When he was six years old, his father was murdered in front of him in Venezuela by men who mistook him for somebody else.
On July 28, 2001, Mora's wife Gisel gave birth to quintuplets at Johns Hopkins Hospital in Baltimore, Maryland. The babies, three girls and two boys, were named Genesis Raquel, Jada Priscilla, Rebekah Alesha, Christian Emmanuel, and Matthew David. They also had an older daughter Tatiana before the quintuplets were born. The family resides in Fallston, Maryland.
In the Orioles media guide, Mora stated his most embarrassing moment as a player came in his rookie year in 1999 when, knowing little English, he thought his manager Bobby Valentine had told him to go to left field when he was actually being told to go to second base.
- "Melvin Mora". Retrosheet. Retrieved 2009-06-23.
- Associated Press (2006-05-19). "Mora signs three-year, $25M extension with Orioles". ESPN.com. Retrieved 2009-06-23.
- "MLB Player Fielding Stats - As 3b - 2009," ESPN, accessed October 6, 2009
- Harding, Thomas (2010-01-31). "Rockies agree to one year deal with Mora". MLB.com. Retrieved 2010-02-01.
- Rockies agree to terms with Mora
- Baseball-reference.com (player)
- Baseball-reference.com (team)
- Gilbert, Steve. "Mora signs one-year deal with Arizona," MLB.com, Monday, December 6, 2010.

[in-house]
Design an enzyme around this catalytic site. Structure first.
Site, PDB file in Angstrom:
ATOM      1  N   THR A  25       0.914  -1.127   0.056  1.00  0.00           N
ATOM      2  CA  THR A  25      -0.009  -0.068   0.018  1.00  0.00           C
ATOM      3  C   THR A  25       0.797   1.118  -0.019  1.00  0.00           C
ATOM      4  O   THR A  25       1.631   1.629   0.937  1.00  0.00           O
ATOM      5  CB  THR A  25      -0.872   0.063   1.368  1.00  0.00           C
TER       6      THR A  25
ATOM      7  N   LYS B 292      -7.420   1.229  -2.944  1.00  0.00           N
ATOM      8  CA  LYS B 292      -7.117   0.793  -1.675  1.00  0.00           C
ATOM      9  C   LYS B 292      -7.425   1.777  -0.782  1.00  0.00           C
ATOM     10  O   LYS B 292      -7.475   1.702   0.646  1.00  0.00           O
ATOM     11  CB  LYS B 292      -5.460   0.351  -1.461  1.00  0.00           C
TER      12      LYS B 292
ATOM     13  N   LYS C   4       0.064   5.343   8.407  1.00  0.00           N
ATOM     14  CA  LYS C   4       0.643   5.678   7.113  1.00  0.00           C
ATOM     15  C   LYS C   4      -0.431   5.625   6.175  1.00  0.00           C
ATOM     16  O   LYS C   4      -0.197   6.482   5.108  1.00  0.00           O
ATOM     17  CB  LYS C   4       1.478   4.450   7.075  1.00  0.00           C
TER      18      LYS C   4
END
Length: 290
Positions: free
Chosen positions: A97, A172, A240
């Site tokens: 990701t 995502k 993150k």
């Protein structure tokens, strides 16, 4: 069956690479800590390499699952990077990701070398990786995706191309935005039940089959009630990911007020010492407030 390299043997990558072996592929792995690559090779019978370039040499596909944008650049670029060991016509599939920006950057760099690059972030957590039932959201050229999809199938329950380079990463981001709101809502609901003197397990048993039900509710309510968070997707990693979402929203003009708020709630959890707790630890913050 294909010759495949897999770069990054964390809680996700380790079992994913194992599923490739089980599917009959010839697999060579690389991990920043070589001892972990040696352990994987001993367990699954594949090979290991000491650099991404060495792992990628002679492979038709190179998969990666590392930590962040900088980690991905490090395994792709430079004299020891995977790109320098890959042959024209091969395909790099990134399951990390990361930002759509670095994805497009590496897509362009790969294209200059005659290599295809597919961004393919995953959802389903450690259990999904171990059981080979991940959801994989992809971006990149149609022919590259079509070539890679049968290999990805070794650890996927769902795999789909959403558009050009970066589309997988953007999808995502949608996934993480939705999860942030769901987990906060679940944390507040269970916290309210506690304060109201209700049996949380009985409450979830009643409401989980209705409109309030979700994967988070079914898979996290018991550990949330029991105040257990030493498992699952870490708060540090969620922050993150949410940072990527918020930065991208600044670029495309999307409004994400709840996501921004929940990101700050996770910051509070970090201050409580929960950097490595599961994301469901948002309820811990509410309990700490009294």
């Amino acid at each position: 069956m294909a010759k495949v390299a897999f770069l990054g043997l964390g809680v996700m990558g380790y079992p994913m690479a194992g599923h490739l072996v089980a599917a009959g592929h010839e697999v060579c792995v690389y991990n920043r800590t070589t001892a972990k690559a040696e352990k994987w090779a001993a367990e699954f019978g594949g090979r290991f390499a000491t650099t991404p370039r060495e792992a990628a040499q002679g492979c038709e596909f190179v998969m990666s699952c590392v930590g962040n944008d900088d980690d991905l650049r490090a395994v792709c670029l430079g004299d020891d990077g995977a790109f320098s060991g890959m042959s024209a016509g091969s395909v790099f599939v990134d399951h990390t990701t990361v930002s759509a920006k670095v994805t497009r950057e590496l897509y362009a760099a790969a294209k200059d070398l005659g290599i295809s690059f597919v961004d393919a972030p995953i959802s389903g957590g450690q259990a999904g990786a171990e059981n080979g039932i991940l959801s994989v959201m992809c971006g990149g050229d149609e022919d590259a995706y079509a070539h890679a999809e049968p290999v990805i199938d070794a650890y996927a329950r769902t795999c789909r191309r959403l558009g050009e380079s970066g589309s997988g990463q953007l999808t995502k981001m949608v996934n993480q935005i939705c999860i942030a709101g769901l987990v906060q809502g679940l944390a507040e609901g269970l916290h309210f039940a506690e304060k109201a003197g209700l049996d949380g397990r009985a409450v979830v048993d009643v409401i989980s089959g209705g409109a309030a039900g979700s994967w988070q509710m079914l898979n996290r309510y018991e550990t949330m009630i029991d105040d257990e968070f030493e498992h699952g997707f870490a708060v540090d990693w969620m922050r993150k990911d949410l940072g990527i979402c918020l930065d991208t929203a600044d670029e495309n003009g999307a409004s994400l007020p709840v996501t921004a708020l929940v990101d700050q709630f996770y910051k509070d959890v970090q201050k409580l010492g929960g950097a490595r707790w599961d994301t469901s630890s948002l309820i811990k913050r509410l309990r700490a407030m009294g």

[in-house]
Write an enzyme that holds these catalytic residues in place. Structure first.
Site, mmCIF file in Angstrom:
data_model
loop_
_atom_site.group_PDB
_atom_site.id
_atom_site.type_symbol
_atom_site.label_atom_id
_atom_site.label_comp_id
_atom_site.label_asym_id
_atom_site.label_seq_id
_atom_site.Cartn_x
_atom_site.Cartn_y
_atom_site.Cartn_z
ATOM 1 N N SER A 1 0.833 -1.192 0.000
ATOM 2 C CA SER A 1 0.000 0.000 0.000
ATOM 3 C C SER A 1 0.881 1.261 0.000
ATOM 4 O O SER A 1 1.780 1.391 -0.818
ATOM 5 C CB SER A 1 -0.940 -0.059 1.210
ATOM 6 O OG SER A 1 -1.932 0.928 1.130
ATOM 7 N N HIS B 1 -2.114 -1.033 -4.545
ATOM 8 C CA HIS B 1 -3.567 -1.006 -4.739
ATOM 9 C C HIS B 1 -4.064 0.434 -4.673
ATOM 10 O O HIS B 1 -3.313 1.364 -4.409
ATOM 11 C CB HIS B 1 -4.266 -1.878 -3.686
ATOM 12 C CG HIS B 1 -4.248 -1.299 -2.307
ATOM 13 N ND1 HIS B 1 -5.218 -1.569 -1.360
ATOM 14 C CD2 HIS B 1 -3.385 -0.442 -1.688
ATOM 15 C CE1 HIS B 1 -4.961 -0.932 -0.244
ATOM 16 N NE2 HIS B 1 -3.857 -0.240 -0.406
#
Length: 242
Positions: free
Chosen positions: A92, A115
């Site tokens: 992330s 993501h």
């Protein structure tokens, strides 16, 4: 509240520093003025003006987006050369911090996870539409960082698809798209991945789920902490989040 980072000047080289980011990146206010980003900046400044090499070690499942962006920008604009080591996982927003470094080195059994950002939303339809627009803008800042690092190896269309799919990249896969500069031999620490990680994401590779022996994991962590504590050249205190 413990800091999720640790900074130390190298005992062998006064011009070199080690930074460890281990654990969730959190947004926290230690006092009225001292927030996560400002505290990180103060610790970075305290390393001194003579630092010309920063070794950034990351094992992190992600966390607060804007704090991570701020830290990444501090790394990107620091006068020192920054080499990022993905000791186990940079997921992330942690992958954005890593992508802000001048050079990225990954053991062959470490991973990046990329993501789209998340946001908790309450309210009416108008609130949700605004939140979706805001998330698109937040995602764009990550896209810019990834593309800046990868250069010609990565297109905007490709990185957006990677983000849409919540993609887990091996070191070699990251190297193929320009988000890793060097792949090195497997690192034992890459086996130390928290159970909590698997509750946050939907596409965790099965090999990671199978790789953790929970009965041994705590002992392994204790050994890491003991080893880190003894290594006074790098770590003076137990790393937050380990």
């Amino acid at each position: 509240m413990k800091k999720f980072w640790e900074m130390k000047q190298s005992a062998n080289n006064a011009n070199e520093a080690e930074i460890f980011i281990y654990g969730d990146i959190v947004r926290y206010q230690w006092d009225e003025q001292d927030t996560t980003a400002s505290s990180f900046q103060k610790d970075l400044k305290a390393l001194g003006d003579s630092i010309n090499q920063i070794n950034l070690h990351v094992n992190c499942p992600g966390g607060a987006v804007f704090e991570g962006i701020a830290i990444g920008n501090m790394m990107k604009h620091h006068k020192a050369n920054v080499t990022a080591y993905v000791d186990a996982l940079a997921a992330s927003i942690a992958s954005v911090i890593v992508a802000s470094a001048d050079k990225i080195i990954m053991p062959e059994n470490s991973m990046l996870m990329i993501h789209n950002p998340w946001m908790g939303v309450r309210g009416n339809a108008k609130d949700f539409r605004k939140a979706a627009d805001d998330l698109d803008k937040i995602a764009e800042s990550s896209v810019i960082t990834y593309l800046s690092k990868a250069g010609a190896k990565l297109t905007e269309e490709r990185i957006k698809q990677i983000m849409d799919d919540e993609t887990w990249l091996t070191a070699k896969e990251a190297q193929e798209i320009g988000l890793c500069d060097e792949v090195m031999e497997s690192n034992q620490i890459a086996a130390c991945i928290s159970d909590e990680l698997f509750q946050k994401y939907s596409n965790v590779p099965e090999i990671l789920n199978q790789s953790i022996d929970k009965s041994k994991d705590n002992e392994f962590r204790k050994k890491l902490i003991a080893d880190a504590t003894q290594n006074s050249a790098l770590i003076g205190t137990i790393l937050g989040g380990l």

- Bloom, Barry M. (29 June 2011). "D-Backs release veteran Mora". MLB.com. Retrieved 9 August 2011.
- Bollinger, Rhett. "D-backs keeping Mora out after car accident," MLB.com, Monday, March 7, 2011.
- Gilbert, Steve. "D-backs scoot by Rockies on wild pitch in 11th," MLB.com, Friday, April 1, 2011.
- Star, Jon. "Longtime Oriole Mora retires after 13 seasons," MLB.com, Thursday, December 29, 2011.
- Baltimore Sun
- Klingaman, Mike. "Mora's abundance of fatherly joy," The Baltimore Sun, Sunday, June 21, 2009.
- Connolly, Dan (January 5, 2010). "Three teams showing interest in Mora, his agent says". The Baltimore Sun. p. 3.
- Career statistics and player information from MLB, or ESPN, or Baseball-Reference, or Fangraphs, or The Baseball Cube, or Baseball-Reference (Minors)
- USA Today Orioles' Mora a Nº 1 dad
- Johns Hopkins Hospital Dome - Mora Quintuples
|American League Player of the Month